We finally arrived at the desolate village that was our destination. Tt was a place of such dire poverty that it seemed like an ideal spot to plot a revolution, but no revolutionaries lived here, just common poor folk, peasants who are depressed and penniless like nothing anyone in the States can relate to.
There were kids everywhere. Hundreds of them just kept swarming around us. All of them were smiling, even the malnourished, even the kid without a thumb, even the little blind girl navigating her way around by holding on to a barbed wire fence.
An ICOF tripper named Traci raised some money independently of the group and brought some of her own funds to sponsor five kids, her "babies." She posed for pictures with them. And then she cried again.
We hung in the village for a while. I was surrounded by about 150 kids, aged four to fourteen, many of whom had never seen a white man before. They wanted to touch my hair, they wanted to hold our hands, they wanted us to pick them up and let them try on our sunglasses, but mostly, they wanted us to just keep making funny faces at them.
We walked toward the van and the kids followed, laughing all the way, with us or at us I am not totally sure. The only one who knew English kept saying "I am sorry for you."
We loaded up the van again, all of us dirty and sweaty, twice as tired and hungry as we were when we got here and with a thirst that would take hours worth of hydration to quench. But the kids weren't done with us. They still wanted to hold our hands, some didn’t get a turn to try on our sunglasses or have their picture taken, and they were waiting outside of our windows, asking for their turn.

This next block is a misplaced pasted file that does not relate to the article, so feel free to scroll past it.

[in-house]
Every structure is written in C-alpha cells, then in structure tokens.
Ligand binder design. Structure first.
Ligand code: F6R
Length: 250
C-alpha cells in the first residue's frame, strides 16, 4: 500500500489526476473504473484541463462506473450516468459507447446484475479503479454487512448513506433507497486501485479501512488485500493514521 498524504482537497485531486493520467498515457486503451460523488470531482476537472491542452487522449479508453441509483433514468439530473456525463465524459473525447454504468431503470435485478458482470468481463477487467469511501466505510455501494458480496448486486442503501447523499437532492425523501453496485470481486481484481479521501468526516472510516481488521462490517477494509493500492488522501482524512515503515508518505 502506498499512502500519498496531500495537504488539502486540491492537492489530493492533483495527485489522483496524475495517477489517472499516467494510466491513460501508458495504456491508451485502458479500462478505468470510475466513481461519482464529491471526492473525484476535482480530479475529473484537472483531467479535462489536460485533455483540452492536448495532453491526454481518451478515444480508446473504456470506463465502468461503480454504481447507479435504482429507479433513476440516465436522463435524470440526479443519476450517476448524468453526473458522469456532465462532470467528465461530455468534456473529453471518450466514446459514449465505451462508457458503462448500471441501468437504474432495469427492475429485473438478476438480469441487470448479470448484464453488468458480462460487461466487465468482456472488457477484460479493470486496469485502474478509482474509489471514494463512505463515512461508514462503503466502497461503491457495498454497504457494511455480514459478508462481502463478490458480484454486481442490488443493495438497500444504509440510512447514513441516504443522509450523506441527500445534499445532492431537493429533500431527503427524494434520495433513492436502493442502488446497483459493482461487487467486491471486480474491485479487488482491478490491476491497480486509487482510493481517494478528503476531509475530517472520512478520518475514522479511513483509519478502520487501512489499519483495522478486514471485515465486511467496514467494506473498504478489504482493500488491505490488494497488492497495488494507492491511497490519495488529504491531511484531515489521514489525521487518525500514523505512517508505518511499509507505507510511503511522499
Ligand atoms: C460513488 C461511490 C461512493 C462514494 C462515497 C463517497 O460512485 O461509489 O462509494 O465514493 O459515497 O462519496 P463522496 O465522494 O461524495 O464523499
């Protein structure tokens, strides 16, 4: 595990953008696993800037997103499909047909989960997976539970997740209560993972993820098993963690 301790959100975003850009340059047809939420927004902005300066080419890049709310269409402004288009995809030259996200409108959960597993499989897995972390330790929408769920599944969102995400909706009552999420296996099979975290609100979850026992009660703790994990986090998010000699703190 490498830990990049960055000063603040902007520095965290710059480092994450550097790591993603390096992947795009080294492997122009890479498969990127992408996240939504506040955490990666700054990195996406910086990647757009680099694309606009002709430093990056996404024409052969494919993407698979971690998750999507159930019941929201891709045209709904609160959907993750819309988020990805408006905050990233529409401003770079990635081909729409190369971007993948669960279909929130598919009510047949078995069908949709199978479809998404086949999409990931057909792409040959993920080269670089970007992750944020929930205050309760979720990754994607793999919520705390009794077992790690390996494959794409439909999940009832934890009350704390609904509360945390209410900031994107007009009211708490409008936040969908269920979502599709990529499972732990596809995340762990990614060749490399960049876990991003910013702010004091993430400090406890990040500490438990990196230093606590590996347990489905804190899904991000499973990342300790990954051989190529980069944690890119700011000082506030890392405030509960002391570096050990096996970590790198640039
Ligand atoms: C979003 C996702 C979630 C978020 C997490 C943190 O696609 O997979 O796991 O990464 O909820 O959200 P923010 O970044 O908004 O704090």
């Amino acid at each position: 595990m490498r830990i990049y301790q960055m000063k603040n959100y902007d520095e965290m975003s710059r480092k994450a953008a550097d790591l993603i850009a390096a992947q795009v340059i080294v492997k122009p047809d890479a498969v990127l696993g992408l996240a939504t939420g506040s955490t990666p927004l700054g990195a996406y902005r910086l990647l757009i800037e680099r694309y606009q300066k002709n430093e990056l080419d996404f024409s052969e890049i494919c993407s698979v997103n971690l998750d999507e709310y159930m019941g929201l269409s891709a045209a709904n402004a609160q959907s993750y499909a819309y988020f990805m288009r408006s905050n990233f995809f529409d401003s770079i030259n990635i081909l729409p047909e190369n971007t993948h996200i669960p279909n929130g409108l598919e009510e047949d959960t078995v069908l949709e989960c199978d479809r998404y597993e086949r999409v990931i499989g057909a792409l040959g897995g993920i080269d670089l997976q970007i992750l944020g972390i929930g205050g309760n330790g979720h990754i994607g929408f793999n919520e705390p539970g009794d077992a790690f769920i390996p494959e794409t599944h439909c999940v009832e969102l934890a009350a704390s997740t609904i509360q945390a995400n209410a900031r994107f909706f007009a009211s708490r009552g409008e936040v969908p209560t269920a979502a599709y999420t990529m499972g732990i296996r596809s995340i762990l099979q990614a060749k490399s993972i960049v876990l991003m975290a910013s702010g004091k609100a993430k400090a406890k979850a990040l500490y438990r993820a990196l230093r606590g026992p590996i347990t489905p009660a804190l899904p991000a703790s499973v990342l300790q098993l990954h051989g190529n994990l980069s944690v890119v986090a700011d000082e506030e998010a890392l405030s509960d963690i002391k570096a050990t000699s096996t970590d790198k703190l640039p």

Any one of them would have gotten in our van just to leave.
A sea of yellow school uniforms ran after us, some held on to the van, they just kept following, running and yelling and jumping.
Once, when the van came to a stop, several of them ran hard into the back of it.
Dinner is simple. Rice and beans, salad, a vegetable-fruit kinda thing we don’t have in the United States, and one chicken leg each.
Later that night, back at the compound, the group debriefs. It’s been a long, hot and emotional day and tensions are about as high as the voices, when another missionary from a different group drops in on the conversation.
Terrance has been stressing security so much, it’s a little too much for Merlie, who knows what it’s like to be in the third world. Terrance read all of the reports about how people who used to kidnap for political reasons were now doing it for profit. He kept stressing that he left a family and a non-profit back home and that it would be “selfish” for he or any one of us to leave the group and leave the compound to go out on the town, particularly to the Wyclef concert we were thinking about. That, Terrance said, would put both the kids who we were brought here to help and ICOF at risk of a serious loss if someone got kidnapped.
Merlie didn’t like being called selfish.
Terrance apologized and the group left it at agreeing to see things differently.
Everyone goes to bed. Most of our stomachs are growling. -- Luke Turf